Parl approves bill to settle 41-year-old border issue with Bangladesh

Parl approves bill to settle 41-year-old border issue with Bangladesh

Settling the country's 41-year-old border issue with Bangladesh, Parliament today unanimously passed a historic bill to operationalise the Land Boundary Agreement that provides for exchange of territories.

The Lower House, showing rare unanimity, passed the Constitution (119th Amendment) Bill to allow the operationalisation of the 1974 India-Bangladesh Land Boundary agreement.

All the 331 members present in the House voted for the bill which became the 100th Constitutional amendment passed by Parliament.

Soon after the passage, Prime Minister Narendra Modi walked up to the Opposition benches to thank leaders including Congress chief Sonia Gandhi and Mallikarjun Kharge, BJD's B Mahtab, TMC's Sudip Bandopadhyay and AIADMK leader P Venugopal.

Earlier, External Affairs Minister Sushma Swaraj said it was beneficial for both the countries and that there will a "notional" loss of territory without borders getting contracted.

India will get 510 acres while Bangladesh will get 10,000 acres. "But these are notional figures as these areas are deep inside territories of the two countries. Our borders are not getting contracted," she said, while responding to members' questions whether India will lose some territory.

Swaraj said the measure, apart from demarcating the boundaries, would also help checking illegal immigration.

"A solution to the problem of illegal immigration is inherent in this legislation. With the land border now being decided (with the passage of the bill), the portions where there is no fencing will also get fenced," she said.

Swaraj said the only issue which remained to be settled with Bangladesh was that of river water-sharing, primarily relating to Teesta river. "The way in which we are now settling the land boundary issue, we will try to settle this issue also."

The maritime boundary between India and Bangladesh has also been settled last year with the award by the international tribunal.

Refuting allegations about India's alleged 'big brotherly' attitude, the External Affairs Minister said "one is 'big brother' which symbolises arrogance. But there is also the 'elder brother' who is caring. Ours is a caring attitude. India will maintain the attitude of the 'elder brother' with our neighbours."

She also announced a package of Rs 3,008 crore to West Bengal for rehabilitation Indian nationals who will come from Bangladesh, with their numbers estimated to go up to 30,000.

Of this amount, Rs 775 crore is for expenses on fixed infrastructure and the remaining amount would be for variable expenses, depending upon how many people are to be rehabilitated by the state government.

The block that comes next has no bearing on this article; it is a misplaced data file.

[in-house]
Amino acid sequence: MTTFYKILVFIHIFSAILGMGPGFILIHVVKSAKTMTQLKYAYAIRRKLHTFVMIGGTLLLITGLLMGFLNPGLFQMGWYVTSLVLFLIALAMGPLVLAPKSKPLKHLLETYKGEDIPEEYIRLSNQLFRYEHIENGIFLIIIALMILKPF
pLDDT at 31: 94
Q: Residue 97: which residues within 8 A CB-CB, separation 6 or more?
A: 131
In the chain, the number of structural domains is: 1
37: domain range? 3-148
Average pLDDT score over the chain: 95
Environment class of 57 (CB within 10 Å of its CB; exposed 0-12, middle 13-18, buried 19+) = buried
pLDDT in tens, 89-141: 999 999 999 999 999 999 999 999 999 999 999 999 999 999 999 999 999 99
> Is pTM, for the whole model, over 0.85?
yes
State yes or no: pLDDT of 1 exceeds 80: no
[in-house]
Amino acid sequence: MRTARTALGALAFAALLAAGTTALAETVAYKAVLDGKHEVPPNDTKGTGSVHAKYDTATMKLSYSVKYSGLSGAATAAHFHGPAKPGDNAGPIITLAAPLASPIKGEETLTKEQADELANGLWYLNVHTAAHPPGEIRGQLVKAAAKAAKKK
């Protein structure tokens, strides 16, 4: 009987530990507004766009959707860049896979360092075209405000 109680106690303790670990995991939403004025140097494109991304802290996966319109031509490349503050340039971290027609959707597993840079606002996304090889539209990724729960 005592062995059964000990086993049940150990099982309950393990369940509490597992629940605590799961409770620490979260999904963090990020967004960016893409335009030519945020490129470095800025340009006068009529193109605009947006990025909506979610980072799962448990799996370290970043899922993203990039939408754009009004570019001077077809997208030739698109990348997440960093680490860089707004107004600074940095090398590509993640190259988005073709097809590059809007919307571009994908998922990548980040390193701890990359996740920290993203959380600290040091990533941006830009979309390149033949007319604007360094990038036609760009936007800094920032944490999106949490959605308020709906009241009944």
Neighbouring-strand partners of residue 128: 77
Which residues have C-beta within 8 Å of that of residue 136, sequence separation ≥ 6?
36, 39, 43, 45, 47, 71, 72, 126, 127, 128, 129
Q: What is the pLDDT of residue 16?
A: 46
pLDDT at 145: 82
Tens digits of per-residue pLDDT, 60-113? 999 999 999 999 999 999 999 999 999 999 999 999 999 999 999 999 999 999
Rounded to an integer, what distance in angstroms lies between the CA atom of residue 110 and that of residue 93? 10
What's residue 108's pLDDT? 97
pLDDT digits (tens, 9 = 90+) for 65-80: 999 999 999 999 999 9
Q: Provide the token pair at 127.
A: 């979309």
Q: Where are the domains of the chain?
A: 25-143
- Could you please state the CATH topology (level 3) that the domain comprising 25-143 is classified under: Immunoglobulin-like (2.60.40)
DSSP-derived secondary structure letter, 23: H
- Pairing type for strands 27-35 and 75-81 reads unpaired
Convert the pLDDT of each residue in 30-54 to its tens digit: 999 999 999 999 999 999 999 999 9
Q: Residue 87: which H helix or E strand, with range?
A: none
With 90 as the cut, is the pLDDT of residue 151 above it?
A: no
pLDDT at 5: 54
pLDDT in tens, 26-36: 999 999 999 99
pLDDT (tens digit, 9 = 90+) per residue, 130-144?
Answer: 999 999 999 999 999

Swaraj, in her speech, also referred to the Indira Gandhi-Mujibur Rahman Land Boundary Agreement of 1974 and the historic protocol signed between former Prime Minister Manmohan Singh and Bangladesh President Sheikh Hasina in September 2011 paving the way for elimination of Bangladeshi and Indian territorial enclaves.

Observing that she has been "transparent" in stating that her party BJP was earlier opposed to the bill, the Minister said it was primarily because of concerns that Assam's interests would be adveresely affected.

However, she said Assam Chief Minister Tarun Gogoi, who had earlier expressed some reservations on similar lines, wrote to the Prime Minister and her, urging the Centre to include the clauses relating to the state. 

The bill being a Constitution Amendment, would need support of two-third majority and 50 per cent of the members has to be present in the House. After that, 19 state assemblies will have to ratify the Bill.

Outlining the benefits of the Bill, Swaraj said undemarcated boundaries would now get demarcated, occupied territory will now have proper boundaries and enclave living people will get certainty.

The bill aims at giving effect to the acquiring of territories by India and transfer of territories to Bangladesh through retaining of adverse possession and exchange of enclaves in pursuance of the agreement of 1974.

The territories in Assam, West Bengal, Tripura and Meghalaya come under the ambit of the bill.

Initiating the debate on the Bill, Adhir Ranjan Chowdhury (Cong) took a dig at Swaraj saying the state of Assam itself wanted to be part of the pact and had written to the Centre to this effect in 2011.

"You wanted to keep Assam out because of the impending state election," he said, adding that the government is doing flip-flop on important issues.

The people of West Bengal feel strongly about their neighbours in Bangladesh, he said. On a lighter vein he added "We may divorce our wives, but cannot divorce our neighbours".

Extending full support to the bill, Sugata Bose (Trinamool) said the operationalisation of the agreement would end the misery of the people living in enclaves and facilitate movement of law abiding citizens across the borders.

The amendments will protect the interest of state, nation and people, Bose said while recalling the days when he witnessed the formation of the Bangladesh as a student.
This constitutional amendment bill will be a tribute to great poet Rabindranath Tagore, he said, adding both the countries have national anthems composed by him.

K N Ramachandran (AIADMK) asked the government to address the issue of rehabilitation of the people and demanded that disputes between India and Sri Lanka should also be resolved in a similar fashion. 

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